on writing & other stuff...
My writing career began, vicariously, through journalists, in the form of press releases. I discovered the thrill of seeing my words in print if a reporter copied my words verbatim into the newspaper.
My publishing career kick-started when I offered to write a restaurant review for a friend who edited a London magazine. My first byline!
Soon I had my own column: club, bar and restaurant reviews. I enjoyed the hospitality of venues all over London. The editor suggested I take some photos and I became the poor man’s “It” Girl – in and out of clubs and bars with no VIP areas. The weekly articles caused hilarity amongst my friends and I hope some help to the occasional Londoner who read them.
To the uninitiated, diving seems like a terrible idea: weigh yourself down with equipment that you need to trust to keep you alive, in order to exist in a world full of sharks and stingy things.
However, there is something about being beneath the waves, listening to the sound of your own breathing and the odd parrot fish tapping away, that makes it the most relaxing activity on the planet. New worlds unfurl before your eyes and any niggles or worries fade away for the duration of the dive.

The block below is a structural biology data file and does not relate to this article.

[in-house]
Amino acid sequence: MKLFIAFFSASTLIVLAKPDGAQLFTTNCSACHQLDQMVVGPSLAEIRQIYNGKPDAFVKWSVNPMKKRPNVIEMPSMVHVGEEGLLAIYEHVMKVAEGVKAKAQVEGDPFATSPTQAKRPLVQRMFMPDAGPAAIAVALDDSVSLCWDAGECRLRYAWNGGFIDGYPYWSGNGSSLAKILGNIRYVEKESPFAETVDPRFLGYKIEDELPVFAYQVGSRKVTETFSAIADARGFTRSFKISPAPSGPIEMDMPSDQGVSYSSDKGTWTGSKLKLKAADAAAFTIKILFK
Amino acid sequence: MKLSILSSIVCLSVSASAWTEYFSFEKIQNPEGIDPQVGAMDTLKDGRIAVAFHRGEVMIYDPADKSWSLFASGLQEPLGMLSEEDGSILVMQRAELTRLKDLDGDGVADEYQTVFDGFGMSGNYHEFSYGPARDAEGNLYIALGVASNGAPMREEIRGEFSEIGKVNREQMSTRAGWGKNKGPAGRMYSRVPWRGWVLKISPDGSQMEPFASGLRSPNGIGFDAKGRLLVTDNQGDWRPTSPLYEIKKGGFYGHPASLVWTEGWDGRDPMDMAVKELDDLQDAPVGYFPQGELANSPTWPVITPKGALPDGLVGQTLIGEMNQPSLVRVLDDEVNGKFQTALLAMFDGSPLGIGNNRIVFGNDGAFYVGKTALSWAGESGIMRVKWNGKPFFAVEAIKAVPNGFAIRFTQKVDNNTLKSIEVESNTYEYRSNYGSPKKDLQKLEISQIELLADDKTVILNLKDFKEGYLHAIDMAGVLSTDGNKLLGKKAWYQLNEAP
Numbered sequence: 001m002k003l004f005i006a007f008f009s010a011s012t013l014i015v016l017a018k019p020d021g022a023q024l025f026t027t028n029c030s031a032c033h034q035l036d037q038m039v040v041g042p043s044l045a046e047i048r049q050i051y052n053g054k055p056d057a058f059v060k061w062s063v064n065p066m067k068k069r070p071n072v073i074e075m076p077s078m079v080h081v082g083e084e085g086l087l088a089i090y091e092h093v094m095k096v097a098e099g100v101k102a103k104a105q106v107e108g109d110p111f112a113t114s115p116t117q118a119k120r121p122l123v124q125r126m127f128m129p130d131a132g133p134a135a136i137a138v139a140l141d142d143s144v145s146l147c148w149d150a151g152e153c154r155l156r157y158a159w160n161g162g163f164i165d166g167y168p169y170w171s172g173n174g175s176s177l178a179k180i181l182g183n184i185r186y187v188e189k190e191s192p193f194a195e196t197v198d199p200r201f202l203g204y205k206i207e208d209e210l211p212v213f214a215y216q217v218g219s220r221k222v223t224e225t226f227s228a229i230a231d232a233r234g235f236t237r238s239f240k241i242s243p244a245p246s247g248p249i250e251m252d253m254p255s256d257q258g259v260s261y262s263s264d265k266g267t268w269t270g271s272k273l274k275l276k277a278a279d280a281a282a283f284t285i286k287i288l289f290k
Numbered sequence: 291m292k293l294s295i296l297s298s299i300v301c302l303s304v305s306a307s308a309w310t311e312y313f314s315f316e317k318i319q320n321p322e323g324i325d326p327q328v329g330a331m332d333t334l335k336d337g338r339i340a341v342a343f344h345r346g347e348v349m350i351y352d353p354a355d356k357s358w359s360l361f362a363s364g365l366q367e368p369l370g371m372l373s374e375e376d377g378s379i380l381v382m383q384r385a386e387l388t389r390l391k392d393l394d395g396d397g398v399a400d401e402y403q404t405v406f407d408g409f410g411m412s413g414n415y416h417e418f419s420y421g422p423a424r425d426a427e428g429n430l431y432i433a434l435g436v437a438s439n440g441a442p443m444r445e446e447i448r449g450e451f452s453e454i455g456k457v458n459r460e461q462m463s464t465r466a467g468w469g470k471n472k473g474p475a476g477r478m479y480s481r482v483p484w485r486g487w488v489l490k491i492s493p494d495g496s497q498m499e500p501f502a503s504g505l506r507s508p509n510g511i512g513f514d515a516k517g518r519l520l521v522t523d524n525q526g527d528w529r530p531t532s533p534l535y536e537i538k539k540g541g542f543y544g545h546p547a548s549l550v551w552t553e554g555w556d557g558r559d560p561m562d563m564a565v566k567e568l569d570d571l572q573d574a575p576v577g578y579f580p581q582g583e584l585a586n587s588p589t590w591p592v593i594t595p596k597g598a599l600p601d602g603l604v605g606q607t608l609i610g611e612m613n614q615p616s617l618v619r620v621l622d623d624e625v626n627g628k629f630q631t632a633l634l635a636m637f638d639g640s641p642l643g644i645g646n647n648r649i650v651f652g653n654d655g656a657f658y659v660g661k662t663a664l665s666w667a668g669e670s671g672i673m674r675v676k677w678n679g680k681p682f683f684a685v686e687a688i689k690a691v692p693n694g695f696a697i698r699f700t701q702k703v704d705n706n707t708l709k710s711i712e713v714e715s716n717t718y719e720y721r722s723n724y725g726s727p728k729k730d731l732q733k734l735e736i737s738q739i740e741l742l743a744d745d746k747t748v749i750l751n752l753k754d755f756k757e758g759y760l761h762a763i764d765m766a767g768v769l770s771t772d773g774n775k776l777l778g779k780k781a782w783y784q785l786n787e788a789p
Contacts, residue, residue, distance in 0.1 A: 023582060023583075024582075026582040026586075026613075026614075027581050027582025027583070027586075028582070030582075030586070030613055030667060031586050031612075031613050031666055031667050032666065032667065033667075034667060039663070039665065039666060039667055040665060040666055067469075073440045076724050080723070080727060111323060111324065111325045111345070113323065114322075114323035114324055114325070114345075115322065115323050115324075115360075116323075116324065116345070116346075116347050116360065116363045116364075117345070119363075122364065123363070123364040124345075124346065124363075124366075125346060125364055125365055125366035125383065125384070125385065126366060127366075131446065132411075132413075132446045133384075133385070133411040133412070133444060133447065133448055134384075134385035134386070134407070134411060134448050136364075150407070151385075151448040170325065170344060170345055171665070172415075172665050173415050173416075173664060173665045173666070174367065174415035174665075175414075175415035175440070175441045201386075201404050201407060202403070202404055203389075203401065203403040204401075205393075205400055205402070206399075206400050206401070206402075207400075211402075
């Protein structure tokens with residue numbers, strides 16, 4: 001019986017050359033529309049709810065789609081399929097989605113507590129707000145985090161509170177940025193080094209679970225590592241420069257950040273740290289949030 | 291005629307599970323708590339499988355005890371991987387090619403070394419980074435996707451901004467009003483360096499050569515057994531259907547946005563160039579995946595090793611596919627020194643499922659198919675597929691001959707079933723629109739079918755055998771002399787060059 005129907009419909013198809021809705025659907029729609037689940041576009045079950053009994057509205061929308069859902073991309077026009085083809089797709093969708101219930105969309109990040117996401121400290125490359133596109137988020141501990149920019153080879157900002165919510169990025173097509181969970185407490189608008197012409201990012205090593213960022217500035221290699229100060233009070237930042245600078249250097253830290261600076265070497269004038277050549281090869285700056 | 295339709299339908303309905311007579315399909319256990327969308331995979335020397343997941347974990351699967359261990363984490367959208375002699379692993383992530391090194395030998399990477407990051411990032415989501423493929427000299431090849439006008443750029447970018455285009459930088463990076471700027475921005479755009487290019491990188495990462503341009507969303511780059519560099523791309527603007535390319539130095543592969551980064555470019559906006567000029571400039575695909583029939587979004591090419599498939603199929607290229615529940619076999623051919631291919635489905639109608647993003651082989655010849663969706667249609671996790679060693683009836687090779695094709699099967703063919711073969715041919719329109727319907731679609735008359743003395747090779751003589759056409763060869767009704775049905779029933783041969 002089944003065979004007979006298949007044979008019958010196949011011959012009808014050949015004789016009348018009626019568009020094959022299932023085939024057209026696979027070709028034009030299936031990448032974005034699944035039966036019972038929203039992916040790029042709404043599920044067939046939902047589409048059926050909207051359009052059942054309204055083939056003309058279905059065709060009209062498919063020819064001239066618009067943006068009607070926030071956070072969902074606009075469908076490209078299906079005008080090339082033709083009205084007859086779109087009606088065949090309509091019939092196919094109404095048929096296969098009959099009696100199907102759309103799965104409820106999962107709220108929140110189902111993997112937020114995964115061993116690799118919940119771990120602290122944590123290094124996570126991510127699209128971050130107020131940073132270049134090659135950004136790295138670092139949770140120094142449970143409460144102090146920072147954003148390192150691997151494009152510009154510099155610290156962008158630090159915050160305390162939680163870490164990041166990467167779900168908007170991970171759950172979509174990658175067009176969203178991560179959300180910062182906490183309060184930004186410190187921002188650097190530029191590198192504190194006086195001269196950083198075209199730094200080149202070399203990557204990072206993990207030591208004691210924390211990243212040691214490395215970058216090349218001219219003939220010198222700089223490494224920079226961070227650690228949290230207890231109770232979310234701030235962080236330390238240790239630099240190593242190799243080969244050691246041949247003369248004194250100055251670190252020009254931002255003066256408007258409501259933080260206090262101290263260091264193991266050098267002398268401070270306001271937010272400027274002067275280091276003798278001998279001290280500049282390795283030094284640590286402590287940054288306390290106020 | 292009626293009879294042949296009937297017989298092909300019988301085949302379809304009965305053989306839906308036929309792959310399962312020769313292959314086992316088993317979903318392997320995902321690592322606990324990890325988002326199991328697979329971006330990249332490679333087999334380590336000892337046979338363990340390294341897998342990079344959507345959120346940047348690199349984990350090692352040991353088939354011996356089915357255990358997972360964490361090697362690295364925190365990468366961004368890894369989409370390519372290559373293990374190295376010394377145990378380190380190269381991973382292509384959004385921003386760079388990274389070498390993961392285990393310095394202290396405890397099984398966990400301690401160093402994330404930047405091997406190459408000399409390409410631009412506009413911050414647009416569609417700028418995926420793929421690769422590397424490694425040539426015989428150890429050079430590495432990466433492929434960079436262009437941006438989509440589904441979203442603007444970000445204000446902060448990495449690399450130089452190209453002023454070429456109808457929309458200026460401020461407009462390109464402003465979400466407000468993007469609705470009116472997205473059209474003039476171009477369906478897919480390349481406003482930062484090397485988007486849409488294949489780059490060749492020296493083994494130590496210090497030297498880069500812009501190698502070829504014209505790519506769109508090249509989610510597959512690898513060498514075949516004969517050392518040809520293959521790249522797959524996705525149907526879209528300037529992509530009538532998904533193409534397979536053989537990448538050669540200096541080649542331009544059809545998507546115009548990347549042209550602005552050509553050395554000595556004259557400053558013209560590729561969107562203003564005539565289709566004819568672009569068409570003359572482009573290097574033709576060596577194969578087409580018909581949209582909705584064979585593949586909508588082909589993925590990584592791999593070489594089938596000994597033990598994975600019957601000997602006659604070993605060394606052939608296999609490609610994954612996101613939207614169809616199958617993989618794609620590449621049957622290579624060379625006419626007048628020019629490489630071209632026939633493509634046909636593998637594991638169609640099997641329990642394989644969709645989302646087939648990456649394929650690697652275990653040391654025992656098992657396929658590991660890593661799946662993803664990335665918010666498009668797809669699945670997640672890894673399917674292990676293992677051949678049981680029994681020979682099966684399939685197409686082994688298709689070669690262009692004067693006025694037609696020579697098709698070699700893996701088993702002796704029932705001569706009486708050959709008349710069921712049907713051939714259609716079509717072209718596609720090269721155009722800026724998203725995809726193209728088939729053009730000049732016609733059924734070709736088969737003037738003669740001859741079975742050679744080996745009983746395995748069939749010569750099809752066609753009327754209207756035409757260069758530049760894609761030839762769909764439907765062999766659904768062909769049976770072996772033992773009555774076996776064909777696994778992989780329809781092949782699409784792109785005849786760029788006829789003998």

The less movement you make under water, the better the diver you are. That’s my kind of sport.
The Blood Beach series borrows some of my experience as a journalist and publicist. My heroine, Ana, uses the media as another weapon in her arsenal against her brother’s abductors.
During the time I was a publicist, I attempted to write several screenplays and then graduated to novels under different pen names. I’m a chronically bad sleeper and lying awake making up stories is the only way I know to get through a bout of insomnia.
Now I write thrillers. I write what I would like to read: plenty of suspense and mystery, life or death choices, glamorous settings, and love stories with action heroes.
On Underwater archaeology
It was a museum in Australia that first sparked my interest in underwater archaeology. The HMS Pandora was the British ship sent by the Navy to track down the mutineers on the famous Bounty. It hit the great Barrier Reef and sank. Two hundred years later it was discovered and has been answering questions and throwing up new ones ever since excavation started.
When I saw video footage of the divers searching for artefacts I had my lightbulb moment: I could couple my love of history with diving and wear a bikini to the office if I became a maritime archaeologist. I signed up to do an MA and spent an amazing summer diving on an ancient harbour in warm, Maltese waters.